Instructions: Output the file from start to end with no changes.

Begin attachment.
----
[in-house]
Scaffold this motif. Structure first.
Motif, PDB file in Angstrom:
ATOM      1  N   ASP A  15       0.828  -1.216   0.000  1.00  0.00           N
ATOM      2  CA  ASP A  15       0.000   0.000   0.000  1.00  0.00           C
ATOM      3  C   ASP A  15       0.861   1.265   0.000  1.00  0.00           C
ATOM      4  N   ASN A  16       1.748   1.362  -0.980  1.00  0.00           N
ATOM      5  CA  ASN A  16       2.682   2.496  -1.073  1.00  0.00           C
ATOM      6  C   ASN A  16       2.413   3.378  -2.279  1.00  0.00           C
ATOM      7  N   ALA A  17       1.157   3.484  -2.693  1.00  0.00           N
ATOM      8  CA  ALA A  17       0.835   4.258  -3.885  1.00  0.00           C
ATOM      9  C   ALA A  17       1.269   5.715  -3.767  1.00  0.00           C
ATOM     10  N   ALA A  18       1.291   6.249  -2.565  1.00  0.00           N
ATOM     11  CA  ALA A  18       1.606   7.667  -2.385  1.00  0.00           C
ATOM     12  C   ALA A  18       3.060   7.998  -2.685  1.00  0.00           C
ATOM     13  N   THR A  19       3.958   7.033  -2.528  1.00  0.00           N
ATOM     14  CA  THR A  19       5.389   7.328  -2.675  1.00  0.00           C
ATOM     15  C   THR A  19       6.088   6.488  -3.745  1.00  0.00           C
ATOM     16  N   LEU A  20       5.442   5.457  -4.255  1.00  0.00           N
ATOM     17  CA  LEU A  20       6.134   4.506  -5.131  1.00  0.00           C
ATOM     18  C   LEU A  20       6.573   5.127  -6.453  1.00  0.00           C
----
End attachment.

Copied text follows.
[in-house]
Scaffold this motif. Structure first.
Motif, PDB file in Angstrom:
ATOM      1  N   ASP A  15       0.828  -1.216   0.000  1.00  0.00           N
ATOM      2  CA  ASP A  15       0.000   0.000   0.000  1.00  0.00           C
ATOM      3  C   ASP A  15       0.861   1.265   0.000  1.00  0.00           C
ATOM      4  N   ASN A  16       1.748   1.362  -0.980  1.00  0.00           N
ATOM      5  CA  ASN A  16       2.682   2.496  -1.073  1.00  0.00           C
ATOM      6  C   ASN A  16       2.413   3.378  -2.279  1.00  0.00           C
ATOM      7  N   ALA A  17       1.157   3.484  -2.693  1.00  0.00           N
ATOM      8  CA  ALA A  17       0.835   4.258  -3.885  1.00  0.00           C
ATOM      9  C   ALA A  17       1.269   5.715  -3.767  1.00  0.00           C
ATOM     10  N   ALA A  18       1.291   6.249  -2.565  1.00  0.00           N
ATOM     11  CA  ALA A  18       1.606   7.667  -2.385  1.00  0.00           C
ATOM     12  C   ALA A  18       3.060   7.998  -2.685  1.00  0.00           C
ATOM     13  N   THR A  19       3.958   7.033  -2.528  1.00  0.00           N
ATOM     14  CA  THR A  19       5.389   7.328  -2.675  1.00  0.00           C
ATOM     15  C   THR A  19       6.088   6.488  -3.745  1.00  0.00           C
ATOM     16  N   LEU A  20       5.442   5.457  -4.255  1.00  0.00           N
ATOM     17  CA  LEU A  20       6.134   4.506  -5.131  1.00  0.00           C
ATOM     18  C   LEU A  20       6.573   5.127  -6.453  1.00  0.00           C